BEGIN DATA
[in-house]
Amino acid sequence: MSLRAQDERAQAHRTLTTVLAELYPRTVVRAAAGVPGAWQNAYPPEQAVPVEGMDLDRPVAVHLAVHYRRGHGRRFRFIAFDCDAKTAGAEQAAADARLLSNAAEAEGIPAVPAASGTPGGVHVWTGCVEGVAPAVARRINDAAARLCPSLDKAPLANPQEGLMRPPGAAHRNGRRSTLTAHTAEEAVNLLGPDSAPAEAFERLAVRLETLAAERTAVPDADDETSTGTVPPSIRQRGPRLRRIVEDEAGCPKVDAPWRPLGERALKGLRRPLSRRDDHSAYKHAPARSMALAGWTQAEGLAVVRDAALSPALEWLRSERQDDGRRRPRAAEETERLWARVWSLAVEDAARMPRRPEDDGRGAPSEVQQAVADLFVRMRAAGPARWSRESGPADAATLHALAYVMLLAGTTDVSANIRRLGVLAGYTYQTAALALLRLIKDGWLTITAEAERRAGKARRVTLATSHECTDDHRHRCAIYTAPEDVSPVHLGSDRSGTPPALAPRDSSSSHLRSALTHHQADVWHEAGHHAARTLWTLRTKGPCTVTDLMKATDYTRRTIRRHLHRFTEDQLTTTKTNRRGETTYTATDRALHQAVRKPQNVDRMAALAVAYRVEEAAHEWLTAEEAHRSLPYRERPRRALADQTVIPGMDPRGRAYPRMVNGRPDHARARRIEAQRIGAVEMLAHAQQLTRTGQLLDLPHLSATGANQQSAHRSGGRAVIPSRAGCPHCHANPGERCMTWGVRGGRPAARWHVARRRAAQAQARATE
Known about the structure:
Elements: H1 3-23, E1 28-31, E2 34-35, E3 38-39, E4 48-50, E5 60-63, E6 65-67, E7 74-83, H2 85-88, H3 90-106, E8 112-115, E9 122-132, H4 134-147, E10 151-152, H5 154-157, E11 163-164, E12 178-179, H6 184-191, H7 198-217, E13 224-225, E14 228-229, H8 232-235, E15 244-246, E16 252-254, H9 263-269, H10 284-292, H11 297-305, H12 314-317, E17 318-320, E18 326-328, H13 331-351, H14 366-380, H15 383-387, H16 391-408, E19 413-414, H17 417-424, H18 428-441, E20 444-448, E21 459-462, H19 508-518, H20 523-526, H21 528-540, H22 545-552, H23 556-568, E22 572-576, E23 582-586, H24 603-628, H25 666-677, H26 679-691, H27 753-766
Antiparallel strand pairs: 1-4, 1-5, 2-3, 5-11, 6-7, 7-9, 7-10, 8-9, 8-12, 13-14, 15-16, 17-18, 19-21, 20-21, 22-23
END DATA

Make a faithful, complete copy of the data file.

[in-house]
Amino acid sequence: MSLRAQDERAQAHRTLTTVLAELYPRTVVRAAAGVPGAWQNAYPPEQAVPVEGMDLDRPVAVHLAVHYRRGHGRRFRFIAFDCDAKTAGAEQAAADARLLSNAAEAEGIPAVPAASGTPGGVHVWTGCVEGVAPAVARRINDAAARLCPSLDKAPLANPQEGLMRPPGAAHRNGRRSTLTAHTAEEAVNLLGPDSAPAEAFERLAVRLETLAAERTAVPDADDETSTGTVPPSIRQRGPRLRRIVEDEAGCPKVDAPWRPLGERALKGLRRPLSRRDDHSAYKHAPARSMALAGWTQAEGLAVVRDAALSPALEWLRSERQDDGRRRPRAAEETERLWARVWSLAVEDAARMPRRPEDDGRGAPSEVQQAVADLFVRMRAAGPARWSRESGPADAATLHALAYVMLLAGTTDVSANIRRLGVLAGYTYQTAALALLRLIKDGWLTITAEAERRAGKARRVTLATSHECTDDHRHRCAIYTAPEDVSPVHLGSDRSGTPPALAPRDSSSSHLRSALTHHQADVWHEAGHHAARTLWTLRTKGPCTVTDLMKATDYTRRTIRRHLHRFTEDQLTTTKTNRRGETTYTATDRALHQAVRKPQNVDRMAALAVAYRVEEAAHEWLTAEEAHRSLPYRERPRRALADQTVIPGMDPRGRAYPRMVNGRPDHARARRIEAQRIGAVEMLAHAQQLTRTGQLLDLPHLSATGANQQSAHRSGGRAVIPSRAGCPHCHANPGERCMTWGVRGGRPAARWHVARRRAAQAQARATE
Known about the structure:
Elements: H1 3-23, E1 28-31, E2 34-35, E3 38-39, E4 48-50, E5 60-63, E6 65-67, E7 74-83, H2 85-88, H3 90-106, E8 112-115, E9 122-132, H4 134-147, E10 151-152, H5 154-157, E11 163-164, E12 178-179, H6 184-191, H7 198-217, E13 224-225, E14 228-229, H8 232-235, E15 244-246, E16 252-254, H9 263-269, H10 284-292, H11 297-305, H12 314-317, E17 318-320, E18 326-328, H13 331-351, H14 366-380, H15 383-387, H16 391-408, E19 413-414, H17 417-424, H18 428-441, E20 444-448, E21 459-462, H19 508-518, H20 523-526, H21 528-540, H22 545-552, H23 556-568, E22 572-576, E23 582-586, H24 603-628, H25 666-677, H26 679-691, H27 753-766
Antiparallel strand pairs: 1-4, 1-5, 2-3, 5-11, 6-7, 7-9, 7-10, 8-9, 8-12, 13-14, 15-16, 17-18, 19-21, 20-21, 22-23